NewsCultureCannes 76, contradictions of a great film festival

Cannes 76, contradictions of a great film festival

The Cannes Film Festival is a PhD in cinema.

The official selection, including screenings out of competition, parallel sections, and world premieres, constitutes a remarkable treatise on the art of filmmaking.

Although it is difficult to isolate any common ingredient among the diverse collection of films, we could mention a characteristic, such as an aroma of an era change in the way films are made, in an art whose origin has always been linked to constant technological evolution.

Contrasting with this aroma of renewal is nostalgia for the analog, for a cinema of details and glimpses that focuses its gaze on seemingly insignificant things.

It constructs narratives of light and time where reflections and even the format itself seem to reveal a humanism that refuses to succumb to a programmatic cinema of superheroes and multiverses.

In these stories, we also find the greatest contradiction of Cannes: the best films of the festival are about faces whose lives unfold on the periphery of the world, who will never be part of the glamorous red carpets, the hotels where filmmakers and actors stay, and the luxurious restaurants filled with delicacies where a certain elite of the film industry gathers, all against the backdrop of the beautiful beaches of the French Riviera.

Les herbes sèches

Often, cinema asks intimate questions freed in the form of fundamental reflections on the origin of the universe and the human condition, in a tapestry where light and sound, the very constituents of the cinematic language, are seen as creators of meaning.

Since his early works, Turkish director Nuri Bilge Ceylan has questioned these cosmic foundations, embodied in human dramas. He reimagines the photographic seed of cinematic reality and ponders a kind of philosophy of cinema.

Of course, these intentions are not far from risks and the impossibility of their visual materialization.

But it is appreciated, as an anonymous voice in the Lumière Theater of the Palais des Festivals in Cannes shouts, that these temporal, visual, and even theological risks are assumed.

Because, as his cinema expresses beauty, perhaps the answers lie in that eternal dialogue between the present and the past, between generations, between universes. In that form of light that summons us to remember the joy of what happens forcefully for the first time.

That emotion, transformed into madness, allows us to see snow as a miracle, it draws us into a communication where everything is poetry, from a handwritten letter, the pencil, the words, the dried leaves, to the intimate desert that inhabits us.

Perfect Days (Ecumenical Jury Prize)

Not all jobs seem equal, such different forms of employment in terms of wages, interactions, and humanity seem to create new castes.

Who would want to work cleaning public restrooms?

Wim Wenders creates an endearing character in his new tribute to Yasujirō Ozu. Someone capable of putting their heart into actions rather than words: compassionate, hospitable… and who, every day, in a kind of poetic justice, receives a reward for their hard work in the form of a full glass of water.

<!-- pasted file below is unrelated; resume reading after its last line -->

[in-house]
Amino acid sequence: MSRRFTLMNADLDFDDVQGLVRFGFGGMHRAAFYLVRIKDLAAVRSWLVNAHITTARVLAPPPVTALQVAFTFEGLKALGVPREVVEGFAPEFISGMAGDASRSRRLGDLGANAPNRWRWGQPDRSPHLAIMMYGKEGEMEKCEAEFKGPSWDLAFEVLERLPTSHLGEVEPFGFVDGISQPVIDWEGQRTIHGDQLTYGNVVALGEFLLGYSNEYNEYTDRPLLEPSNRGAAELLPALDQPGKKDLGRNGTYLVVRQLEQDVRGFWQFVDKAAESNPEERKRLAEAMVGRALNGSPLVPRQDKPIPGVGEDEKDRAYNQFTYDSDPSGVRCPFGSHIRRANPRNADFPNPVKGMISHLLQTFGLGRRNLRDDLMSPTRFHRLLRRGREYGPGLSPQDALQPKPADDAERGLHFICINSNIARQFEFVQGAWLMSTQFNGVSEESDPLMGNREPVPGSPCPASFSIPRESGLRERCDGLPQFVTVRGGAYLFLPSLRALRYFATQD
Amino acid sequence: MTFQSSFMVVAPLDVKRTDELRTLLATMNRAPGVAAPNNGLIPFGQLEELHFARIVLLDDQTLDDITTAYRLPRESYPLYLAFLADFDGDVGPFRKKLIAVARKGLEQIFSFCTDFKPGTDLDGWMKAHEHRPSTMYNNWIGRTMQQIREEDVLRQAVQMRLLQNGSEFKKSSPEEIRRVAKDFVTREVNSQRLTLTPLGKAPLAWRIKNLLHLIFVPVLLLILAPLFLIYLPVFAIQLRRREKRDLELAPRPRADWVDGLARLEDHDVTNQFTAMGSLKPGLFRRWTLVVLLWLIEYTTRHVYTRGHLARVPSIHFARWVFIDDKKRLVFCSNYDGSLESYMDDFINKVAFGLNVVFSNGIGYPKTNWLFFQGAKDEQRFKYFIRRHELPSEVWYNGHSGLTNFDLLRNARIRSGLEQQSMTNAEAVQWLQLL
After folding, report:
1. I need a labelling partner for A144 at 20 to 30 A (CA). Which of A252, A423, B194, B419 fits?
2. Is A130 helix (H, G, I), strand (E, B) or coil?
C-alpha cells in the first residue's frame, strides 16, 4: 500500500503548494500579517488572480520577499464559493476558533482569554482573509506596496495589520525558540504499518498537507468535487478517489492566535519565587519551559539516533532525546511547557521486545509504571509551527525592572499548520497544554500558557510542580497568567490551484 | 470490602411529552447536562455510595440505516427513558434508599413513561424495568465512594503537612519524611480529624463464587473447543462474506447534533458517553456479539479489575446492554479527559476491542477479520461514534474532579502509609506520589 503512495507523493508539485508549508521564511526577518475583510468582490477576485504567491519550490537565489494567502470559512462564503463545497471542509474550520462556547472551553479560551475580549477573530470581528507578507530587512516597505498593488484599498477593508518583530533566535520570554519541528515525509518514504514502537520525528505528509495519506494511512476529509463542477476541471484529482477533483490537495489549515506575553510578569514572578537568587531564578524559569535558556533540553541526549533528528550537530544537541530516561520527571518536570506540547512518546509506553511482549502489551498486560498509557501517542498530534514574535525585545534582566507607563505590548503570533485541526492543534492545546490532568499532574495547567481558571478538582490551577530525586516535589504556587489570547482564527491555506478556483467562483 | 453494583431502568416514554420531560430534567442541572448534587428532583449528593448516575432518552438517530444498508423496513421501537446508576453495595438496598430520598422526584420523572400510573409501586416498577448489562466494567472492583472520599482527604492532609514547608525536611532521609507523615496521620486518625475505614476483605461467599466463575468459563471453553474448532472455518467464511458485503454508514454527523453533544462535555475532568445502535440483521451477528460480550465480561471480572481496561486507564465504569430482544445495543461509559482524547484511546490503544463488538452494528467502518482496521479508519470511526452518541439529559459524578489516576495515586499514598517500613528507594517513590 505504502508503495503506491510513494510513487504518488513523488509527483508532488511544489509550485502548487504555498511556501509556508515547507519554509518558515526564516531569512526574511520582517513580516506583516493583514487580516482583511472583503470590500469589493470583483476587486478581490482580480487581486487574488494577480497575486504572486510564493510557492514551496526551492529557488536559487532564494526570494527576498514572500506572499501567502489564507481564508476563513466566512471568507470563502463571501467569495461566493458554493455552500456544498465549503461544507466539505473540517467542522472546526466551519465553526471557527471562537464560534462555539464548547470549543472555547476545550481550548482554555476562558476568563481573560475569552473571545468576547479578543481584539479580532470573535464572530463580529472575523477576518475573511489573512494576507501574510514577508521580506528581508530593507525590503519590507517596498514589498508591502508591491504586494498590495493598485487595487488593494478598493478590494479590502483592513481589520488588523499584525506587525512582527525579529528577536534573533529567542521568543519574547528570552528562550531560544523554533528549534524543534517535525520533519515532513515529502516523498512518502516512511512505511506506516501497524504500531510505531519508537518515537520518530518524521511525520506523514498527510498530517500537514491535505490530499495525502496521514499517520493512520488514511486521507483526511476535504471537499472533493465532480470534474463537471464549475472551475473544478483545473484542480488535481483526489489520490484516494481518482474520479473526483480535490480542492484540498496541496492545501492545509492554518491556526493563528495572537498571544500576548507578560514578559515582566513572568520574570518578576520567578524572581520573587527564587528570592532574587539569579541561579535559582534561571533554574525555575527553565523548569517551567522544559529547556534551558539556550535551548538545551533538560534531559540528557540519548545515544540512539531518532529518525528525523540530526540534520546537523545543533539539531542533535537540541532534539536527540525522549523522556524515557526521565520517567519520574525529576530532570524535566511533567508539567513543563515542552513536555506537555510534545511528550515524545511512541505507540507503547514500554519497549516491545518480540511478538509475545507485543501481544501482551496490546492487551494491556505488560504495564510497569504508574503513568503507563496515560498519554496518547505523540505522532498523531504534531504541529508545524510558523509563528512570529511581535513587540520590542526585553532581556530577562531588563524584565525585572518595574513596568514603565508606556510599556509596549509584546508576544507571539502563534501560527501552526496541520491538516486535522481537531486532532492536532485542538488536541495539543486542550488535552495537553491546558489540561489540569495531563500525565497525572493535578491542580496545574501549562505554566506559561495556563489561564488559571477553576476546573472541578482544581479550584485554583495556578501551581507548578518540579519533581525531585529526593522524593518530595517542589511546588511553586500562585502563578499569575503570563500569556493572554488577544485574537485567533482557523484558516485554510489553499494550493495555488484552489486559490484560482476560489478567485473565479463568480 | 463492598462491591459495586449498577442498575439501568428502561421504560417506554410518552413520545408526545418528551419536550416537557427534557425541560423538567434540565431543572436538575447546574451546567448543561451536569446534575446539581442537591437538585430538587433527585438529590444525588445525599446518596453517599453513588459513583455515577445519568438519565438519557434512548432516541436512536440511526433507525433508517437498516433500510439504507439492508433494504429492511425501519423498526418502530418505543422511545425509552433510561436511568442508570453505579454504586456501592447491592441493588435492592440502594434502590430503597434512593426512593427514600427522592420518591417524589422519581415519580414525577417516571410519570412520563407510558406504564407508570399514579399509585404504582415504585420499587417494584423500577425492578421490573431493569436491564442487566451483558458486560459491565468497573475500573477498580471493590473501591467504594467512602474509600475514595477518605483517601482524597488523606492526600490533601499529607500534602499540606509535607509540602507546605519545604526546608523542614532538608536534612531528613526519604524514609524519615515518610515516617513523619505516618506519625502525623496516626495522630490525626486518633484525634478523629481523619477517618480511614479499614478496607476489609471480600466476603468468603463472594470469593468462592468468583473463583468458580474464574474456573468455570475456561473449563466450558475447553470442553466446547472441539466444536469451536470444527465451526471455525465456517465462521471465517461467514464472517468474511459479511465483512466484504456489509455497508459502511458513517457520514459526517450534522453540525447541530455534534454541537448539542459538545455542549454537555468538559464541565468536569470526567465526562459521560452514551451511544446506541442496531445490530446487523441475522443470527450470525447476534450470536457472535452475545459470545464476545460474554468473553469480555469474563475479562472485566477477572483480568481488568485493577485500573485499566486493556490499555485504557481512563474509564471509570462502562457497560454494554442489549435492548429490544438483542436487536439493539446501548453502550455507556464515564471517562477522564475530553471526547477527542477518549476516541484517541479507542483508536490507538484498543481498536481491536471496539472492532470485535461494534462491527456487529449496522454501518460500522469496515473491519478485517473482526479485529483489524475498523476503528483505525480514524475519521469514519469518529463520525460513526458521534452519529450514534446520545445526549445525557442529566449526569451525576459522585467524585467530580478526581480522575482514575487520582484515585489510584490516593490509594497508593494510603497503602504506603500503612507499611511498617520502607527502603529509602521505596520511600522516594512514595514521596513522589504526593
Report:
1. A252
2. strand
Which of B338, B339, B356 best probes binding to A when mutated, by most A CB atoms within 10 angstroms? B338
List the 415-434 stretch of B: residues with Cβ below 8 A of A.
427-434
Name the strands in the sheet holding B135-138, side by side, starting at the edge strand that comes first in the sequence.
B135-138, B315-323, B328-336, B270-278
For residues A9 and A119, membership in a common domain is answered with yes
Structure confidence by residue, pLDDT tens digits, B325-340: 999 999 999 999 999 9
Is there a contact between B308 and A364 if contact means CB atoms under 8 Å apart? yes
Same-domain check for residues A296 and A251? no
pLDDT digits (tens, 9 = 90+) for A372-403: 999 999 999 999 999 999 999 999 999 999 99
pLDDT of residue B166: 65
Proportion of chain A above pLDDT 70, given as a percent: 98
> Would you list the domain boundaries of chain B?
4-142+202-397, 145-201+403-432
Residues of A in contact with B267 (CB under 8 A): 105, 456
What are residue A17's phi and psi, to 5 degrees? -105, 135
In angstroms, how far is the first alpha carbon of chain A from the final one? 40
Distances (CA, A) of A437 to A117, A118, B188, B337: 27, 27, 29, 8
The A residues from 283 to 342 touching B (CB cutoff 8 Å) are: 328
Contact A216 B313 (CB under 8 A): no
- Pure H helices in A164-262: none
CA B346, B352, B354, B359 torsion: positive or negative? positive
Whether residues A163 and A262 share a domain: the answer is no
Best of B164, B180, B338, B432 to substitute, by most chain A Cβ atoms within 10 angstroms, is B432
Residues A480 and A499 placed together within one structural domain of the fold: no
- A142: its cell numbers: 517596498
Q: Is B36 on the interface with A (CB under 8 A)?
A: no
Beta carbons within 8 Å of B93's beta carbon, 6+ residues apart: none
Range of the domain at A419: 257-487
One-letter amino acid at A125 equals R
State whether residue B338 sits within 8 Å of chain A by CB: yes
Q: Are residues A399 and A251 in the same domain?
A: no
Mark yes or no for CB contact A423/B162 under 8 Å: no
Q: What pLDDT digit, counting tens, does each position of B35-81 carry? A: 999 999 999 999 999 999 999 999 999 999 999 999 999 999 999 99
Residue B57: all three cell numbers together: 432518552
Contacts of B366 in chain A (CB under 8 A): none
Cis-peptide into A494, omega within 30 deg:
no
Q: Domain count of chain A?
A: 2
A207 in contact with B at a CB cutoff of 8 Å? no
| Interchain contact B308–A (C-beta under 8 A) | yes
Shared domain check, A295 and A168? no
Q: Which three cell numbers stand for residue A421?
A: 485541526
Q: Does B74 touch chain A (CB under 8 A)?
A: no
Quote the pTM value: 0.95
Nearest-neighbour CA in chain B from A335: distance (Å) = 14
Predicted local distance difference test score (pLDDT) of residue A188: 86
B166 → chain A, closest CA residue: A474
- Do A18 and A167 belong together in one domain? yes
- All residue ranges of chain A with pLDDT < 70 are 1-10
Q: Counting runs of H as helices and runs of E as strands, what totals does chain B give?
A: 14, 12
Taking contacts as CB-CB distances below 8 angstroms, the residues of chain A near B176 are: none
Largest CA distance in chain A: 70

Confined within the frame of an almost square screen, narrowing the field of vision to focus on this almost silent character who attends to their work with devotion and listens to music from another time on cassette tapes.

Trusting in love, in a game that is a communication of hope, in the communion of that diversion and a future of better days that will always be a mixture of anticipation and melancholy.

Particularly noteworthy is their vocation for recurrent photography of a loyal friend whose beauty they recognize and admire, capturing them over and over again to preserve their illuminating light.

This film poem allows us to remember the fullness of time embodied in a kiss, in communion with water and music, and in the promise that perhaps tomorrow, not today, we will explore the depths of the sea from which we come.

Il sol dell’avvenire

It is possible to see the freedom of a filmmaker who dares to sing in front of the screen, to reveal their obsessions, and to express hope despite everything that goes wrong in their life and in the world around them.

Because it is true, as Nanni Moretti reflects in his film, that perhaps no one understands Mozart, but his creations bring joy to the world and subdue the noise into an exciting score.

Moretti celebrates cinema by critiquing a new form of cinema that seems to know everything about production and audiences.

A programmatic cinema subordinated to frenetic consumption and seemingly infallible marketing strategies, but only on its surface.

This Italian filmmaker crafts his work from the antithesis of this programmatic vision. He questions, he revels in philosophy, in the history of art and cinema, he quotes Kieslowski not to come out clean but wounded by questions that can generate a conversion of art.

That’s why his cinema sings, dances, and becomes unexpected, chaotic, like life itself. It navigates a sea of uncertainties in search of love and a certain cinema that, from creative ethics, continues to illuminate the future.

These stories filmed by elderly filmmakers (Kaurismaki, Scorsese, and Ken Loach should also be included) are a powerful call full of questions about a world that resists dying, brimming with beauty and hope, captured by a technical instrument that prompts an attempt to provide answers to the questions that have always troubled us, and about which cinema offers its own luminous reflection full of new and urgent doubts.

Edgar Rubio


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